Bhutan History

Bhutan History

The area of ‚Äč‚Äčtoday’s Bhutan was probably under the influence of Tibet from the 7th century. From there, Buddhism was brought into the country, which in its Lamaistic form became the dominant religion. From around the 8th century, the people of Bhotia (also: Bhutanese) immigrated to Tibet from the area and founded smaller principalities that fought among themselves. Over the centuries, the Buddhist “red cap sect” of the lamas (priests) apparently gained in importance. From the 12th century, so-called monastery castles (dzongs) were built, of which remnants are still preserved today.

The principalities were united in the state around 1610 when Ngawang Namgyal (1594-1652), a high clergyman of Lamaism from Tibet, subjugated the individual rulers and united them into one empire. He took the title of Shabdung (spiritual and secular leader) and transferred the Tibetan theocratic system of government to the new empire.

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In the 18th century, Bhutan extended its empire to the south and southwest, thereby coming into conflict with the great European power Great Britain, which was the dominant colonial power in India in the mid-18th century. After armed conflicts (British-Bhutanese wars 1772-74 and 1864-65), Bhutan first had to surrender the occupied Indian territories and later other areas in the Ganges-Brahmaputra lowlands. This created the country’s borders that still exist today.

Due to the separation of spiritual and secular power, the power of Shabdung had decreased in favor of the various princes (Penlops) in the country. In 1884 one of these competing Penlops, Ugyen Wangchuk of Tongsa, prevailed over his rivals and was crowned king in 1907. The Wangchuk dynasty still rules in Bhutan.

In 1910, the country signed a protectorate agreement with Great Britain: the European great power granted the country military protection and conducted its foreign policy for annual payments. India assumed this protective role in 1949 after Great Britain withdrew from the Indian subcontinent. In 1952, Jigme Dorij Wangchuk became the new king of Bhutan and began reforming the state. The measures included the establishment of a state parliament (Tshogdu) and a royal council (1953), the abolition of serfdom (1959) and the establishment of a free school system (1960). In 1969 the absolute monarchy was changed to a constitutional one: Among other things, the king could now be deposed from the state parliament if he acted against the interests of his own people. In 1971 Bhutan gained full sovereignty, but committed to providing foreign policy advice from India. In the same year the country joined the UN.

From 1972, Jigme Singye Wangchuk continued the course of modernization and the opening of the country as the new king. In the early 1980s, the first negotiations with China over the exact course of the border between the two countries in northern Bhutan were conducted (border treaty May 1988). In 1983 Bhutan, along with Bangladesh, India, Maldives, Nepal, Pakistan and Sri Lanka, was one of the founding members of SAARC (South Asian Association for Regional Cooperation / Group for South Asian Regional Cooperation). The aim of this organization was the economic, political and cultural cooperation of the participating countries.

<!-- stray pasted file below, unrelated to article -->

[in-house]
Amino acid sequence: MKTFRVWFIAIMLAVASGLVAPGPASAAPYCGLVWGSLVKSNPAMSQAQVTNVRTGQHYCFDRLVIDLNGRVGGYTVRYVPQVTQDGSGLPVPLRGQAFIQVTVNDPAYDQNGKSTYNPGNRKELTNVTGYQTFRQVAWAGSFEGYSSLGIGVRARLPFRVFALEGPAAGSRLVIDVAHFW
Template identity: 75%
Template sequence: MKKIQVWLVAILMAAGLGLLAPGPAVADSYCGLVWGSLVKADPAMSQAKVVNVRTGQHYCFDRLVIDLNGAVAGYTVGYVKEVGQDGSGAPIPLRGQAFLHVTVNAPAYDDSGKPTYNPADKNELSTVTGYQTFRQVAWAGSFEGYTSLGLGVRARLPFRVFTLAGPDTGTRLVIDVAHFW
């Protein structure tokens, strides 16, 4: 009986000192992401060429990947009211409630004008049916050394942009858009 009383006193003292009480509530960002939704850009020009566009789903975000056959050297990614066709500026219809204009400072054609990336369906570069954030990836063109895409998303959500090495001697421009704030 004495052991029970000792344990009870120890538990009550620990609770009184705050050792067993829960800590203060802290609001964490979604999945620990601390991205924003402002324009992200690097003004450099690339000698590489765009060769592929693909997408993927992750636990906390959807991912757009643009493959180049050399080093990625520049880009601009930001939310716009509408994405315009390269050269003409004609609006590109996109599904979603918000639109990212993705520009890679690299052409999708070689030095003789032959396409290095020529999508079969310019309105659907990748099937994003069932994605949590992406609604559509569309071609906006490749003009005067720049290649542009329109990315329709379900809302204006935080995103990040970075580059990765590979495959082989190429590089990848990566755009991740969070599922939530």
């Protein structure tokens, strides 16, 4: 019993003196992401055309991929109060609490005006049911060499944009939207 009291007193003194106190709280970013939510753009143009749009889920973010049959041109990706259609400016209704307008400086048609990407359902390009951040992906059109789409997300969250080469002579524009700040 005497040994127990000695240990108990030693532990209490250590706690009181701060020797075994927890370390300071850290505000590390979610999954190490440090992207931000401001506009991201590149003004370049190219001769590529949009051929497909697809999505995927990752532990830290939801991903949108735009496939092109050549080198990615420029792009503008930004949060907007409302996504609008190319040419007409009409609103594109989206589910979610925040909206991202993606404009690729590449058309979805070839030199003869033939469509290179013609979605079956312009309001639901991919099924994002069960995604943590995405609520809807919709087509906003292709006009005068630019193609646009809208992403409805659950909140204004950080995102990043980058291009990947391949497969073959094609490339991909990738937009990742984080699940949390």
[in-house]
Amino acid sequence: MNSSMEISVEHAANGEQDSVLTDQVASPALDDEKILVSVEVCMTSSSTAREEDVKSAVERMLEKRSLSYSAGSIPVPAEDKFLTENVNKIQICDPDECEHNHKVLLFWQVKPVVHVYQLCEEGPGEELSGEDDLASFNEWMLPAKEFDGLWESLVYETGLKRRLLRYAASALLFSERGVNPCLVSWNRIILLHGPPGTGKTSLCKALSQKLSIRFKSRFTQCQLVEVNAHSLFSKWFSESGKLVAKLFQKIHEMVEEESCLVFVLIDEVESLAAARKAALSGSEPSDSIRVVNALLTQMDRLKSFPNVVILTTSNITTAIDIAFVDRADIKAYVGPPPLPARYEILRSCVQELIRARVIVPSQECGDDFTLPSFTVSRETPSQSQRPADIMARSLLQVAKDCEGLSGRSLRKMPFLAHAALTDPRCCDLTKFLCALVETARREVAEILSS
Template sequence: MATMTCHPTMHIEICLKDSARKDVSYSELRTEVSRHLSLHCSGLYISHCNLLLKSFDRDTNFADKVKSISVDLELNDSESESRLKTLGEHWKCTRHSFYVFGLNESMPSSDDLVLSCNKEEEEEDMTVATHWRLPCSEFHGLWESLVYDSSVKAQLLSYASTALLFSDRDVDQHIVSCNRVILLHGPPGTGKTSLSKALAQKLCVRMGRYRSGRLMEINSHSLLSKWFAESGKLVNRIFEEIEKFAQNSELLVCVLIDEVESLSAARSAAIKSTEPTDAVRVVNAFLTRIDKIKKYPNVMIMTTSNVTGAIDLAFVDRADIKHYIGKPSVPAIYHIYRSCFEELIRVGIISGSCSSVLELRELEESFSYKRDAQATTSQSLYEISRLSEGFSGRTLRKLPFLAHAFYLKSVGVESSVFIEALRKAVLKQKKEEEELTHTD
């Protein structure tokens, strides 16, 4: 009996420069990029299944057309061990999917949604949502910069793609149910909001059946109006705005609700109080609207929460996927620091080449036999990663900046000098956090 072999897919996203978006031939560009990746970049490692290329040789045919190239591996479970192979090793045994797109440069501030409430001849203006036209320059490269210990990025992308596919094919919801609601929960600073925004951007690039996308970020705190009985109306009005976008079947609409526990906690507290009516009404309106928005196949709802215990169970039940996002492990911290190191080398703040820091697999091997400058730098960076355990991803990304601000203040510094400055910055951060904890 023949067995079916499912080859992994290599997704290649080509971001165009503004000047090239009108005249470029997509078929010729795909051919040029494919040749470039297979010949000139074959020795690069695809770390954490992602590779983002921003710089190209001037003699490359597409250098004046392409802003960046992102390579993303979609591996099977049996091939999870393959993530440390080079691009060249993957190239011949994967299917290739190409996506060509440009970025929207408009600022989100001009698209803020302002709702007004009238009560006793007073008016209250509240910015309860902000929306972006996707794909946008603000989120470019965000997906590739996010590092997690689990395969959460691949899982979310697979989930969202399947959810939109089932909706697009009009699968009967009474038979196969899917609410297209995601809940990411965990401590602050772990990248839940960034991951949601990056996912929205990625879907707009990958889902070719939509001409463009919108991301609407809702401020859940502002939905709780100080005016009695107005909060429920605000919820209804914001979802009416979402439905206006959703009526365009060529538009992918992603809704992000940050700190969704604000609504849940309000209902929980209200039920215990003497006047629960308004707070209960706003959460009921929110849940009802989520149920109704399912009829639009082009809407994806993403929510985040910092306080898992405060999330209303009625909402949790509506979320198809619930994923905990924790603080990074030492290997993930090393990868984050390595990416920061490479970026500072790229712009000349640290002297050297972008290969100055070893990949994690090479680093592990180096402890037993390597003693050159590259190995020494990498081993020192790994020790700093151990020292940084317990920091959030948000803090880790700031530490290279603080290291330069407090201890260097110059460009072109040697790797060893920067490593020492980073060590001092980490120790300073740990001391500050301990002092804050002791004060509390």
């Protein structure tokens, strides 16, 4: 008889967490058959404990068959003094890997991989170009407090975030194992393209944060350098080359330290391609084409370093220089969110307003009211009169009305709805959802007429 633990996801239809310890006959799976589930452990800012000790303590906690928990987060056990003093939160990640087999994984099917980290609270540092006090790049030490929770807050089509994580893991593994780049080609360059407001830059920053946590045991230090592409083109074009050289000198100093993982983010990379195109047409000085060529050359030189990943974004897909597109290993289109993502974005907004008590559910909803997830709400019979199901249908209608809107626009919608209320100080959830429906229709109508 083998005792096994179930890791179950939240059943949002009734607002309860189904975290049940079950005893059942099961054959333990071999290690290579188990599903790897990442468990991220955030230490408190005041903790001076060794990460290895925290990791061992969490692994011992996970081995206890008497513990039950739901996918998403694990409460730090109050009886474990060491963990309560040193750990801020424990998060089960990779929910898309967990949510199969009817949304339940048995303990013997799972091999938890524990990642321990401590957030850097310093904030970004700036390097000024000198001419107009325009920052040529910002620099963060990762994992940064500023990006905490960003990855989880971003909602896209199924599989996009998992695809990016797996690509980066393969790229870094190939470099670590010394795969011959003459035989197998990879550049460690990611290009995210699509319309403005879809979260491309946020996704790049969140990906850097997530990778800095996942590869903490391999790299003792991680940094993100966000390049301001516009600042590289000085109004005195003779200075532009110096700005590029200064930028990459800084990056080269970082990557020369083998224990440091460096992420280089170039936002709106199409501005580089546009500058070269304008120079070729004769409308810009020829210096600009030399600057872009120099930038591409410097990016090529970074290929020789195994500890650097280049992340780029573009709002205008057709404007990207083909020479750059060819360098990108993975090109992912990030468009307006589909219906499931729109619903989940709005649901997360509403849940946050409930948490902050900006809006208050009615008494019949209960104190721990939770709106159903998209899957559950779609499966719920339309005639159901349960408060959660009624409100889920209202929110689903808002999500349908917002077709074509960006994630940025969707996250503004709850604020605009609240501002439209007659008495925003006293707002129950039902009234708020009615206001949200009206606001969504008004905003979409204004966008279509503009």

In 1989 the Bhutanese king passed a law requiring Nepalese immigrants to leave the country after 1958. A census had shown that Hindu Nepalese made up around 45% of Bhutan’s total population and there was a risk that Buddhist Buthanes could become a minority. According to AbbreviationFinder, this law caused serious unrest in the country. By 1994, thousands of Nepalese had fled the kingdom. To prevent foreign infiltration from outside, the number of foreign visitors is still severely restricted (tourist visas were issued for the first time in 1974). In 1999 Bhutan was the last country in the world to introduce television. This had previously been prohibited in order to protect one’s own culture from foreign influences. In 2006, King Wangchuk abdicated in favor of his son Jigme Khesar Namgyal Wangchuk.

Since a constitutional reform in 1998, the National Assembly has been able to elect the ministers and determine their powers. She also had the option of a vote of no confidence against the head of state. The cabinet also received executive powers, with the Council of Ministers providing the head of government (annual rotation).

From 2001, a new constitution was drawn up in accordance with the king’s order, which came into force in 2008. It contains a catalog of fundamental rights and a democratic constitutional monarchy. The elections for the first National Council took place in December 2007 and January 2008. The first National Assembly was elected in March 2008. The royalist party Druk Phuensum Tshogpa (DPT) won the first parliamentary elections in Bhutan’s history. The enthusiasm for the democracy decreed by the king is limited among the citizens of the Himalayan state: The veneration for the royal family that has ruled since 1907 is too great. Political observers even agree that a referendum would have rejected the introduction of the democratic system.

  • HomoSociety: introduces social conditions of Bhutan, including labor market, insurance, healthcare, gender equality and population information.

Gross National Happiness plays an important role in Bhutan’s politics. It consists of four principles: promoting fair and sustainable socio-economic development, preserving and promoting fair and sustainable values, preserving the natural environment and enforcing good governance. The state sets the development goals in five-year plans.

Bhutan President